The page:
Another area for improvement would be integration with Visual Studio. Visual Studio 2012 has unit test hooks that might be useful here. If you don’t want that, you could wrap the entire test run in a single MSTest or NUnit test method.

Full TestConvention class:

public class TestConvention
{
  public IEnumerable<string> RunAssemblyTests(Assembly assembly)
  {
    IOrderedEnumerable<Type> testClassTypes = assembly.GetExportedTypes()
      .Where(t => t.IsClass
                  && (t.Name.EndsWith("Test") ||
                      t.Name.EndsWith("Tests")))
      .OrderBy(x => x.FullName);

    int testsRun = 0;
    int testsFailed = 0;
    foreach (var testClassType in testClassTypes)
    {
      if (testClassType.GetConstructor(Type.EmptyTypes) == null)
      {
        yield return
          string.Format("Error: {0} does not have an empty constructor.",
                        testClassType.FullName);
        continue;
      }

      IEnumerable<MethodInfo> testMethodInfoList =
        testClassType
          .GetMethods(BindingFlags.DeclaredOnly
                      | BindingFlags.Public
                      | BindingFlags.Instance)
          .Where(m => m.ReturnType == typeof (void)
                      && !m.GetParameters().Any());

      foreach (MethodInfo methodInfo in testMethodInfoList)
      {
        testsRun++;
        string methodExceptionMessage = "";
        bool successful = true;

        try
        {
          var classInstance = Activator.CreateInstance(testClassType);
          methodInfo.Invoke(classInstance, new object[] {});
        }
        catch (Exception ex)
        {
          methodExceptionMessage = ex.InnerException.Message;
          successful = false;
          testsFailed++;
        }

        if (!successful)
        {
          yield return
            string.Format("----{0}Test failed: {1}.{2}{0}{3}{0}----",
                          Environment.NewLine,
                          testClassType.FullName,
                          methodInfo.Name,
                          methodExceptionMessage);
        }
      }
    }

    yield return string.Format("{0} tests run. {1} tests failed.",
                                testsRun, testsFailed);
  }
}

WPF Binding Errors

I find the binding aspect of WPF to be very powerful.  There’s one part that I found challenging. If the binding wasn’t just right, the problem wouldn’t be obvious.  If I make a typo when binding to a property, I like it to be painfully obvious.  So, the project now displays a message box if there was a binding issue.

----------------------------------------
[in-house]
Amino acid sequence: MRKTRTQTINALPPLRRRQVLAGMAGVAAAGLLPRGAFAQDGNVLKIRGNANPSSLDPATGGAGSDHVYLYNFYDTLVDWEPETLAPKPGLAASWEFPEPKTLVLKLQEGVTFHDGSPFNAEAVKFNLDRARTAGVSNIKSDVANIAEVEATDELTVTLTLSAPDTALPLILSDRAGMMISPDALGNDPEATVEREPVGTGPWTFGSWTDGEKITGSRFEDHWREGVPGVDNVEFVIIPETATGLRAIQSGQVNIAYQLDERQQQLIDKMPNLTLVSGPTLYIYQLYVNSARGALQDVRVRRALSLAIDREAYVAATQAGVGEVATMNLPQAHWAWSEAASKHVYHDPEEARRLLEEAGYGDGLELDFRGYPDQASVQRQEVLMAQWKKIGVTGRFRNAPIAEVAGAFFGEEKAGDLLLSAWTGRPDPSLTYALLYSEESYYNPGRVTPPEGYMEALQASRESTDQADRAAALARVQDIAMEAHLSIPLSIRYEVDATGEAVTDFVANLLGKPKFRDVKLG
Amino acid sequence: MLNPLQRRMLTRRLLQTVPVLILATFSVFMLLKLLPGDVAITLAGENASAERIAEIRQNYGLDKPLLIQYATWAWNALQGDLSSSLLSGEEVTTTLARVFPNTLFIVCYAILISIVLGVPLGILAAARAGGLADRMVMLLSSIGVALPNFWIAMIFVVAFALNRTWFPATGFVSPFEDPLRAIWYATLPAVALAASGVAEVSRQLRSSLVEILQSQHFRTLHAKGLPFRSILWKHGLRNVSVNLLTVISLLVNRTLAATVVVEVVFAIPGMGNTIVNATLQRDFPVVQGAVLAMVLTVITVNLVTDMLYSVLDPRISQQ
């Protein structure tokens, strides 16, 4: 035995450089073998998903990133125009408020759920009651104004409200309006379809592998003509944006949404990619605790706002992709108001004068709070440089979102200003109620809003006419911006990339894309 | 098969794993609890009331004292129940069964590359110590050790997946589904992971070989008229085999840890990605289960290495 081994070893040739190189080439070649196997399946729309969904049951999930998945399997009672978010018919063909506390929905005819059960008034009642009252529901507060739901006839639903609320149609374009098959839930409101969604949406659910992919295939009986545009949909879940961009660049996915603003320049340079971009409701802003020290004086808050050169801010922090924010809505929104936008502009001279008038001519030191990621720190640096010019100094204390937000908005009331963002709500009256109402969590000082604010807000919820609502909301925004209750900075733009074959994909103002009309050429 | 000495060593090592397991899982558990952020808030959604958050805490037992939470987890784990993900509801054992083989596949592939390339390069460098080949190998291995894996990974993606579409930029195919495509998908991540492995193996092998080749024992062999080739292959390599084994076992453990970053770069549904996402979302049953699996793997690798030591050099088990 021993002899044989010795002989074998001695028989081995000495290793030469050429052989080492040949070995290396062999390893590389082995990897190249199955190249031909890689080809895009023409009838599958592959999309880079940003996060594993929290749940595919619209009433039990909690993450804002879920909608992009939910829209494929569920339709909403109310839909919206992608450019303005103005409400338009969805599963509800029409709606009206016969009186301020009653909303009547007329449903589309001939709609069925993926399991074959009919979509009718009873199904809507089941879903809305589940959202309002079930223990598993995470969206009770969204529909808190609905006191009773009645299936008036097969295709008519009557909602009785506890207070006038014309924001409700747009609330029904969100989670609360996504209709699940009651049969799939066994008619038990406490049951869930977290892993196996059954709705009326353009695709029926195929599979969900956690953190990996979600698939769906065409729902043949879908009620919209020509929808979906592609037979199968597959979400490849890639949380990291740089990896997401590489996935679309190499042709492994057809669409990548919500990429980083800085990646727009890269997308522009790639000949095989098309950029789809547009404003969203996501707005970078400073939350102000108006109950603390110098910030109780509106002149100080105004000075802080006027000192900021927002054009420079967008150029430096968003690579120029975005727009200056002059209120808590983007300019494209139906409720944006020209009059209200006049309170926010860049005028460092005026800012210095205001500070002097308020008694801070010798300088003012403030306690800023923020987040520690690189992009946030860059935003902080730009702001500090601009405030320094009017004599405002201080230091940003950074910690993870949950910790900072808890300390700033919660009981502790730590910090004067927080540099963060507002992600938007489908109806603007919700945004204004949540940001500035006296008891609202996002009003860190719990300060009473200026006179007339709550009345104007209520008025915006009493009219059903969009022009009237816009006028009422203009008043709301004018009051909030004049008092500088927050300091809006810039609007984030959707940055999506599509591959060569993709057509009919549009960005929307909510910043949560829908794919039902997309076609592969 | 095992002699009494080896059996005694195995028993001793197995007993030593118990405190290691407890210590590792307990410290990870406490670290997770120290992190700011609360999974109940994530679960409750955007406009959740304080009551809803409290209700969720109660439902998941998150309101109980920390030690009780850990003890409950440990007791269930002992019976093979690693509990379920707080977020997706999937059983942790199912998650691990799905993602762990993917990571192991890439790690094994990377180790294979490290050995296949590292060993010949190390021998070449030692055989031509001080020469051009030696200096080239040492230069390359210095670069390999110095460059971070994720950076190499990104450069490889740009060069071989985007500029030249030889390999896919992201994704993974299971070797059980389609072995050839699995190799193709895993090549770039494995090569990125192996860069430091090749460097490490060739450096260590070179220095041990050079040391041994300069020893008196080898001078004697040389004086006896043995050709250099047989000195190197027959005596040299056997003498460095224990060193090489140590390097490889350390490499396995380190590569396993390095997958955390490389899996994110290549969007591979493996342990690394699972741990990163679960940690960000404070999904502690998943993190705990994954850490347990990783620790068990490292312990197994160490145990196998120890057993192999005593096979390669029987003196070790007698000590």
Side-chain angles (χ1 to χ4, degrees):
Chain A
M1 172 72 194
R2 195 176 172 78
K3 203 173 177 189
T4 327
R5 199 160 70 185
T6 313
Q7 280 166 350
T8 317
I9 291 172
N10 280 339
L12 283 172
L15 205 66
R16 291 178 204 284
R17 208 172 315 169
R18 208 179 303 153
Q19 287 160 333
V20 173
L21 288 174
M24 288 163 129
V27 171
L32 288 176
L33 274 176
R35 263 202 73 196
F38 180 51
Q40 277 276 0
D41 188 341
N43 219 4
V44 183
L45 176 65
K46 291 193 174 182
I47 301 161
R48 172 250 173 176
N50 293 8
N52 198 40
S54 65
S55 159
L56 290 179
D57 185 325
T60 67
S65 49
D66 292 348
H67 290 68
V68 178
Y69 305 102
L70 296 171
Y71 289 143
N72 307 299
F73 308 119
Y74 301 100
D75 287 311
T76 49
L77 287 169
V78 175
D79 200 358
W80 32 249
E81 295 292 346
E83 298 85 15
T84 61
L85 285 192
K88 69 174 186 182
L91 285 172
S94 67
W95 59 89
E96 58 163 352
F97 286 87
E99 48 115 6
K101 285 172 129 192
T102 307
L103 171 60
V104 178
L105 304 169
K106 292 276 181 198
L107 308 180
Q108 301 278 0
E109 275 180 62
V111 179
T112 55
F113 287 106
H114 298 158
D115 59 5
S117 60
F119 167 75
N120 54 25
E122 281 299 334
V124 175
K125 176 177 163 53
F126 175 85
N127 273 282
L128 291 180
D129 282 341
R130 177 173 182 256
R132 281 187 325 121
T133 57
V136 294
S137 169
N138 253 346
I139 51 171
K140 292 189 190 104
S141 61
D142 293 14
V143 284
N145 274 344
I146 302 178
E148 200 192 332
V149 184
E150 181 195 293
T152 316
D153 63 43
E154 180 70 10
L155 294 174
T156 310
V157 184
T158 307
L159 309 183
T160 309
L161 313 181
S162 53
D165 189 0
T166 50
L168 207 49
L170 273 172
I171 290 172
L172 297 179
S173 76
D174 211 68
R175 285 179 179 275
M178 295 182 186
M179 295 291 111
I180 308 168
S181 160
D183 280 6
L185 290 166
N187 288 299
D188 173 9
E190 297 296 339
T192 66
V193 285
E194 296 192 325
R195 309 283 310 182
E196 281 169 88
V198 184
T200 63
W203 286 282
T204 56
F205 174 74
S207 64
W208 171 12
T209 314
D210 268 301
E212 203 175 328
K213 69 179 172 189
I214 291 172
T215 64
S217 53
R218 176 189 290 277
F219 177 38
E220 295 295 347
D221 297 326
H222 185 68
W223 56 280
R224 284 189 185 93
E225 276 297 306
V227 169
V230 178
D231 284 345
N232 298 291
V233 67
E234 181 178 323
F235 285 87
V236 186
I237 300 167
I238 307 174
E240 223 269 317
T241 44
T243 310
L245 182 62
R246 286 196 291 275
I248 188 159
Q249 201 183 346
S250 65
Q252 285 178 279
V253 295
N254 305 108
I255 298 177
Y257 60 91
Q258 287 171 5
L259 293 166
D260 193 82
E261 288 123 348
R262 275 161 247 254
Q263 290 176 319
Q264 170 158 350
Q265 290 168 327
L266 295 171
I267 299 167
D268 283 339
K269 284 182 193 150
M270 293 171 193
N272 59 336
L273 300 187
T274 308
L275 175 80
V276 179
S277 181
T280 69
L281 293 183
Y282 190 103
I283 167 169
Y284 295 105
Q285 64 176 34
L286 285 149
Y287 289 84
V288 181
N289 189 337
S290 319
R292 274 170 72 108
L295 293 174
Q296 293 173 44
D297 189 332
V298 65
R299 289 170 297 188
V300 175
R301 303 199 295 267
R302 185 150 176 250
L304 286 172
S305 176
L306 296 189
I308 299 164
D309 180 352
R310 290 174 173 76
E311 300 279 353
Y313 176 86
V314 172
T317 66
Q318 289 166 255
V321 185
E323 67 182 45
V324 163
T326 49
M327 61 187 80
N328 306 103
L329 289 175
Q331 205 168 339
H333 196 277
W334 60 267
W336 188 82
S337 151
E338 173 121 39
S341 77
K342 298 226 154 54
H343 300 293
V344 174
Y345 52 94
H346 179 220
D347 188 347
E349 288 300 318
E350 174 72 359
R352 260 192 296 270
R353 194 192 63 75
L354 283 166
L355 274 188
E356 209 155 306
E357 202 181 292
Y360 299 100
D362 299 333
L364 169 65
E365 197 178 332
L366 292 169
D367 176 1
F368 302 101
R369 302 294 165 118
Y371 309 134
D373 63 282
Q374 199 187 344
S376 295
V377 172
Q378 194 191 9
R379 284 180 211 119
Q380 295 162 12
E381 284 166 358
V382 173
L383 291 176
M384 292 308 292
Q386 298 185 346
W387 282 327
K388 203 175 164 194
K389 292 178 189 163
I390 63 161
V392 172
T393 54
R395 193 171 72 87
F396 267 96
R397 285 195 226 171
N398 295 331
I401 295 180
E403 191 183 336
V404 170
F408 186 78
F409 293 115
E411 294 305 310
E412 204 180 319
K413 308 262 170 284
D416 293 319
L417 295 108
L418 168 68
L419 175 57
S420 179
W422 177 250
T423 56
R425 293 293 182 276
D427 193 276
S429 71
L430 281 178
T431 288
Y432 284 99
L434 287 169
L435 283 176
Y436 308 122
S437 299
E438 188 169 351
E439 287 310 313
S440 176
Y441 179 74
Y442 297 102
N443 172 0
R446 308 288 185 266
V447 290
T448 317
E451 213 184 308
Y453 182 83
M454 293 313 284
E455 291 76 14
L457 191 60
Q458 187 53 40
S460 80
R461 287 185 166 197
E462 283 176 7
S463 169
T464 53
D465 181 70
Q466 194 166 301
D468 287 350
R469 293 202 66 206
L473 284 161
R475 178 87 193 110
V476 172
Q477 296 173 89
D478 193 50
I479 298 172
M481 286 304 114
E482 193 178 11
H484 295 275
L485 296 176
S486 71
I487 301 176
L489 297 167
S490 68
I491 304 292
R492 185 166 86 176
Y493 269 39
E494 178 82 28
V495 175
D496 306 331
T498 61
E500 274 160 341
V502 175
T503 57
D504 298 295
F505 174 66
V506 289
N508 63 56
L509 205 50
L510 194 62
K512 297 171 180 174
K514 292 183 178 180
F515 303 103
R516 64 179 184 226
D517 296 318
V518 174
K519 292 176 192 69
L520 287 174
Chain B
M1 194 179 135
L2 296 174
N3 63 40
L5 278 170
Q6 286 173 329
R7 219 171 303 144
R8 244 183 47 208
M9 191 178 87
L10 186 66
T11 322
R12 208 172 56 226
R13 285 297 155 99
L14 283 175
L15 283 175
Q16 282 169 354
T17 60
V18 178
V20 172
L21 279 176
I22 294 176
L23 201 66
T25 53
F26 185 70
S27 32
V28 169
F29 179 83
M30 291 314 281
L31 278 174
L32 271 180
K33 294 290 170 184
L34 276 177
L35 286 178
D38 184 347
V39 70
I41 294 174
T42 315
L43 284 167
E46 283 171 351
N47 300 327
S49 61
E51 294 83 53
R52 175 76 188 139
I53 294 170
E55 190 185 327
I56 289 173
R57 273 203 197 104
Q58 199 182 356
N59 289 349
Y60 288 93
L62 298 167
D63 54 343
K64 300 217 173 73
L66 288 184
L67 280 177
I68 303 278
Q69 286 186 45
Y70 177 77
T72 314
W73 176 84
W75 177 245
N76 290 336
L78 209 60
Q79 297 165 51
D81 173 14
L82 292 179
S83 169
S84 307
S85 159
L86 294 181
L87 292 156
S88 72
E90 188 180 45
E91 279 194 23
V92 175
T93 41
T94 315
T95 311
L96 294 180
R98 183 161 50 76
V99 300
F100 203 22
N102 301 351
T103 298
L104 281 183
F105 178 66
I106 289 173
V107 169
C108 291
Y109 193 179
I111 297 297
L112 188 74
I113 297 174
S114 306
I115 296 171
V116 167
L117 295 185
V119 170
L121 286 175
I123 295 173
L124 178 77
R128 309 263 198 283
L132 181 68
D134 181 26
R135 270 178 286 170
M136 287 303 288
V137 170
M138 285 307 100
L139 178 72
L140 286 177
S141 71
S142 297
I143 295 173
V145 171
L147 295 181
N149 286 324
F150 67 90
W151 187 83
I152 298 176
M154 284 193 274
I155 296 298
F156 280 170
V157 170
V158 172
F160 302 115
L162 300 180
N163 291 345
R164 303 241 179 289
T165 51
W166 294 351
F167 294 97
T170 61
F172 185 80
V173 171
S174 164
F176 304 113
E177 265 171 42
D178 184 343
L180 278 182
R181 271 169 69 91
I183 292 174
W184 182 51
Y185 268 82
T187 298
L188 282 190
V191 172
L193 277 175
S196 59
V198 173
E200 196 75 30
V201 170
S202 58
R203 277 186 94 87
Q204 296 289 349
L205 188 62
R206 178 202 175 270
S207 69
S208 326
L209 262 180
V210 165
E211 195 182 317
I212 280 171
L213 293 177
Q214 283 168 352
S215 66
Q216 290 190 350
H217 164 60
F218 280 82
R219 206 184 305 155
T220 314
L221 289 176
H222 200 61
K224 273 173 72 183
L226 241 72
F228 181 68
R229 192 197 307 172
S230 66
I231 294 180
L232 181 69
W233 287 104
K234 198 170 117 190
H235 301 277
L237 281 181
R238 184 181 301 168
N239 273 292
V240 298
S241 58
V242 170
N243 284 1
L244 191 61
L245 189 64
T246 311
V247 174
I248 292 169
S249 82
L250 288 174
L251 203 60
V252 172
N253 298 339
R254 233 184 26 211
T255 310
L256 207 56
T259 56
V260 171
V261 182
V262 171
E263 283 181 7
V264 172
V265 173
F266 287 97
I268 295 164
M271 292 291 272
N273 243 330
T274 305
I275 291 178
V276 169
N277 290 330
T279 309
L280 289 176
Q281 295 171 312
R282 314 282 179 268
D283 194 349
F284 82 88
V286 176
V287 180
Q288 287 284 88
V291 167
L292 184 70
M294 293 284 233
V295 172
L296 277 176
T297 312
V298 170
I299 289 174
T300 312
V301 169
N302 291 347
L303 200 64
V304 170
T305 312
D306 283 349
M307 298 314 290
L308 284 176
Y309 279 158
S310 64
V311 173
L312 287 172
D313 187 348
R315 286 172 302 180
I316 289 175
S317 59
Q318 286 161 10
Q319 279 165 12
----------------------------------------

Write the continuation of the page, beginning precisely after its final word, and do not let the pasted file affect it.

The BindingErrorTraceListener class watches for any trace messages that meet my binding error criteria and displays a message box.
public class BindingErrorTraceListener : DefaultTraceListener
{
    public static void AddDefaultTrace()
    {
        AddTrace(SourceLevels.Error, TraceOptions.None);
    }

    public static void AddTrace(SourceLevels level, TraceOptions options)
    {
        var listener = new BindingErrorTraceListener {TraceOutputOptions = options};
        PresentationTraceSources.DataBindingSource.Listeners.Add(listener);
        PresentationTraceSources.DataBindingSource.Switch.Level = level;
    }

    public override void WriteLine(string message)
    {
        base.WriteLine(message);

        if (message == null) return;
        if (!message.StartsWith("BindingExpression path error")) return;

        MessageBox.Show(message, "Binding Error", MessageBoxButton.OK,
                        MessageBoxImage.Error);
    }
}
When we enter the window, we have to add our listener.
 BindingErrorTraceListener.AddDefaultTrace();
For testing purposes, I added a label that points to a nonexistent property on the view model.
<Label Content="{Binding MainLabel}" />
    public class LandingPageViewModel
    {
    }
Once everything is connected, an invalid binding will be very obvious because a message like this will appear.
WCFBindingError